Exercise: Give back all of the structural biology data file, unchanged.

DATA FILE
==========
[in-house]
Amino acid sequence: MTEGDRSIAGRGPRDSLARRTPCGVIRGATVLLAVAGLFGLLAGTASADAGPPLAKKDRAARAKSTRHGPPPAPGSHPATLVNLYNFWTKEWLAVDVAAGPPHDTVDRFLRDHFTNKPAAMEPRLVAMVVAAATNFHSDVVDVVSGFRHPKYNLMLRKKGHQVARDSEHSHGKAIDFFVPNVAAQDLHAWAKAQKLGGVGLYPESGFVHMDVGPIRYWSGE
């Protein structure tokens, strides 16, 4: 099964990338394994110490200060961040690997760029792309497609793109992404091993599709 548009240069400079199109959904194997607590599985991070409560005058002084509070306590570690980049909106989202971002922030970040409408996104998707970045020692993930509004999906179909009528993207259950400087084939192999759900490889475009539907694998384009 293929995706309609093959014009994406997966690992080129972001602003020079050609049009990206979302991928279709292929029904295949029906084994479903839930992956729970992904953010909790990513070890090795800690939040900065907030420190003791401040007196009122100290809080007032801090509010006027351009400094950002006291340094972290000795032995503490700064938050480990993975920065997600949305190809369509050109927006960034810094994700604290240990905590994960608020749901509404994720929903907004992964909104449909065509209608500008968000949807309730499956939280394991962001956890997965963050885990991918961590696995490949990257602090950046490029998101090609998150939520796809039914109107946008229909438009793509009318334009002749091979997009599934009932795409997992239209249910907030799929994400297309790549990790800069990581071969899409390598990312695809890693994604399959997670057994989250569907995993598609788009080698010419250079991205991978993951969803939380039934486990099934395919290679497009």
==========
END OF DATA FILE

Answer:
[in-house]
Amino acid sequence: MTEGDRSIAGRGPRDSLARRTPCGVIRGATVLLAVAGLFGLLAGTASADAGPPLAKKDRAARAKSTRHGPPPAPGSHPATLVNLYNFWTKEWLAVDVAAGPPHDTVDRFLRDHFTNKPAAMEPRLVAMVVAAATNFHSDVVDVVSGFRHPKYNLMLRKKGHQVARDSEHSHGKAIDFFVPNVAAQDLHAWAKAQKLGGVGLYPESGFVHMDVGPIRYWSGE
């Protein structure tokens, strides 16, 4: 099964990338394994110490200060961040690997760029792309497609793109992404091993599709 548009240069400079199109959904194997607590599985991070409560005058002084509070306590570690980049909106989202971002922030970040409408996104998707970045020692993930509004999906179909009528993207259950400087084939192999759900490889475009539907694998384009 293929995706309609093959014009994406997966690992080129972001602003020079050609049009990206979302991928279709292929029904295949029906084994479903839930992956729970992904953010909790990513070890090795800690939040900065907030420190003791401040007196009122100290809080007032801090509010006027351009400094950002006291340094972290000795032995503490700064938050480990993975920065997600949305190809369509050109927006960034810094994700604290240990905590994960608020749901509404994720929903907004992964909104449909065509209608500008968000949807309730499956939280394991962001956890997965963050885990991918961590696995490949990257602090950046490029998101090609998150939520796809039914109107946008229909438009793509009318334009002749091979997009599934009932795409997992239209249910907030799929994400297309790549990790800069990581071969899409390598990312695809890693994604399959997670057994989250569907995993598609788009080698010419250079991205991978993951969803939380039934486990099934395919290679497009």